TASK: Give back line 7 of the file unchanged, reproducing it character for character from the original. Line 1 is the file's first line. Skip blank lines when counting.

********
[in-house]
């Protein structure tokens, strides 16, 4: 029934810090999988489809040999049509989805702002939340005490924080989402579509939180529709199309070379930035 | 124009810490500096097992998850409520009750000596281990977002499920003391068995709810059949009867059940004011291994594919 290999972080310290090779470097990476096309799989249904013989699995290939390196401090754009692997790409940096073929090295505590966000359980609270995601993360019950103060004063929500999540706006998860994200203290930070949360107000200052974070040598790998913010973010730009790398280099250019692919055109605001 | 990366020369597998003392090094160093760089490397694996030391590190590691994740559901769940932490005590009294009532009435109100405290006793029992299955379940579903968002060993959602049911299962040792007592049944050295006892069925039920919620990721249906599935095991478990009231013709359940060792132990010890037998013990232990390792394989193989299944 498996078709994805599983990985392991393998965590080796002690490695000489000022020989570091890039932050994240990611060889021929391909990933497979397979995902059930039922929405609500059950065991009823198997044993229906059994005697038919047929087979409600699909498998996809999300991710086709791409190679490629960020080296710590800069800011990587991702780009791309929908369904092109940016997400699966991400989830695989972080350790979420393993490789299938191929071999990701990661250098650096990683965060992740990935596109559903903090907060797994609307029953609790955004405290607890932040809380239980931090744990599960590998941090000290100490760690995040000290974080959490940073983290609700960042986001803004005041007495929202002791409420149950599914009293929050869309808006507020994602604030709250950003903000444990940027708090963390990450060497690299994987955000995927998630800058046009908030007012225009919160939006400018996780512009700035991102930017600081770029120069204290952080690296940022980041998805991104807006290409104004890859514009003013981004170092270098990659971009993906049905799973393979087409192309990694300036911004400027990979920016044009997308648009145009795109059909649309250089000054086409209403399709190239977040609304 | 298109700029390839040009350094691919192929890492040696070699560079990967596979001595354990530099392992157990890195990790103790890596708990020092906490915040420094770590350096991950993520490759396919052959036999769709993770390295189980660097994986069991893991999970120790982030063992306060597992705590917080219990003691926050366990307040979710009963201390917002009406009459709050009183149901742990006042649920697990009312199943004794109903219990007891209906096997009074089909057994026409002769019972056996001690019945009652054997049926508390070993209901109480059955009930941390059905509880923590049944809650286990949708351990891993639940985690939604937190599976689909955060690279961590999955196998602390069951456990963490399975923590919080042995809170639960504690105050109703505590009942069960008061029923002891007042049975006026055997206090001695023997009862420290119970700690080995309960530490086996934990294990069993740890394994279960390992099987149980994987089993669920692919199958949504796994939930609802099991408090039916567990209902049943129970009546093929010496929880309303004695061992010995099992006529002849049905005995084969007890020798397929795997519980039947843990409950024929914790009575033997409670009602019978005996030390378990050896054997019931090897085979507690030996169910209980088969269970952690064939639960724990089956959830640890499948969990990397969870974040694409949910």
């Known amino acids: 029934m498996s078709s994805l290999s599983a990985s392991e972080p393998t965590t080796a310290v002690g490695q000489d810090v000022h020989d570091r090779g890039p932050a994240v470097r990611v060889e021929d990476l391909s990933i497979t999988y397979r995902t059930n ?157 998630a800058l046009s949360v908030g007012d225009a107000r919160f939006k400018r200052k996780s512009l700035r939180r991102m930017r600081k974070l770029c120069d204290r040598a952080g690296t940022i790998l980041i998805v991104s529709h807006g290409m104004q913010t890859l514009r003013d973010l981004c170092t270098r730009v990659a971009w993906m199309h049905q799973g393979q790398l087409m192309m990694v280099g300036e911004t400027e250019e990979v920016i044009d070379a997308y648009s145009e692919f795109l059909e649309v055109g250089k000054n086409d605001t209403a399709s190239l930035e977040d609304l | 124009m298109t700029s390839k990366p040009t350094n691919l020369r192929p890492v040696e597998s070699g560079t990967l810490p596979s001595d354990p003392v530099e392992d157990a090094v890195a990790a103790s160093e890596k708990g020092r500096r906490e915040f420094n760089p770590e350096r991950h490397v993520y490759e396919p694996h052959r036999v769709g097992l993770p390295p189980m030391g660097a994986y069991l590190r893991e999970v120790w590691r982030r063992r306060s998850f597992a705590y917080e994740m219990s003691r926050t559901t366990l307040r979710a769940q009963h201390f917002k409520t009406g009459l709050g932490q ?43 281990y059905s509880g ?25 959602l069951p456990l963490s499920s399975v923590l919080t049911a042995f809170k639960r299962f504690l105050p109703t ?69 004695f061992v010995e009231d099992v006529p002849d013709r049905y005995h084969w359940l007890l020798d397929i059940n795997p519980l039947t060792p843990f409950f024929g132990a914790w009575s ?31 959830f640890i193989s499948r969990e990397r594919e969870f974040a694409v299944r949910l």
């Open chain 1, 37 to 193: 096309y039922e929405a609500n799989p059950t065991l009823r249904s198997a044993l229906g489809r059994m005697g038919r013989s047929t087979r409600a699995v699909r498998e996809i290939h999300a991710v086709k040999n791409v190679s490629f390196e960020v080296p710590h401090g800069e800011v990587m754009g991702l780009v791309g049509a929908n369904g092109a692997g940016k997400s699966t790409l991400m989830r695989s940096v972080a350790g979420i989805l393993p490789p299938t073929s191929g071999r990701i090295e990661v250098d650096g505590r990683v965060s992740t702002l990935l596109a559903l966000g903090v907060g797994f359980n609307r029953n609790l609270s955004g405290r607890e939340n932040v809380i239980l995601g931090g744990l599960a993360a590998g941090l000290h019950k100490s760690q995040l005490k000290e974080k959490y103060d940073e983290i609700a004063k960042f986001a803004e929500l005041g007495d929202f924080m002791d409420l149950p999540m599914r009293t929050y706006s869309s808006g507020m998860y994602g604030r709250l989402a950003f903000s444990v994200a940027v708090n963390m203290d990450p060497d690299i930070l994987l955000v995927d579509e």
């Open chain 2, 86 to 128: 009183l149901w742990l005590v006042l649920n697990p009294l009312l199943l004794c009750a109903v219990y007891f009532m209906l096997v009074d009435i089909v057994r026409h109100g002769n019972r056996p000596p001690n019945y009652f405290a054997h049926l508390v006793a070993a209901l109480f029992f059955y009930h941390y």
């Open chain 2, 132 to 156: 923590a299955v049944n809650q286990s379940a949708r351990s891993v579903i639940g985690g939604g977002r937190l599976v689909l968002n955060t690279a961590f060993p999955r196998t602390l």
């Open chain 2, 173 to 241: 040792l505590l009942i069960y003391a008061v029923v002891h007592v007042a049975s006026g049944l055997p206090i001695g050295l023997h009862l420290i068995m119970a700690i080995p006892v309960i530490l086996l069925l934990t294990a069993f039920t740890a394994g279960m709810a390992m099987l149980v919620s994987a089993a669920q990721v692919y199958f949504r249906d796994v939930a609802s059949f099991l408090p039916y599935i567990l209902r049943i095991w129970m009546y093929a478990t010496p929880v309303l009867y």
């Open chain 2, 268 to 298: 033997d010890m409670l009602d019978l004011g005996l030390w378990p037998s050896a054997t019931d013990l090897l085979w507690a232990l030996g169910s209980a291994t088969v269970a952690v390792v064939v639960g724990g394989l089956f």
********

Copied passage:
């Open chain 2, 173 to 241: 040792l505590l009942i069960y003391a008061v029923v002891h007592v007042a049975s006026g049944l055997p206090i001695g050295l023997h009862l420290i068995m119970a700690i080995p006892v309960i530490l086996l069925l934990t294990a069993f039920t740890a394994g279960m709810a390992m099987l149980v919620s994987a089993a669920q990721v692919y199958f949504r249906d796994v939930a609802s059949f099991l408090p039916y599935i567990l209902r049943i095991w129970m009546y093929a478990t010496p929880v309303l009867y």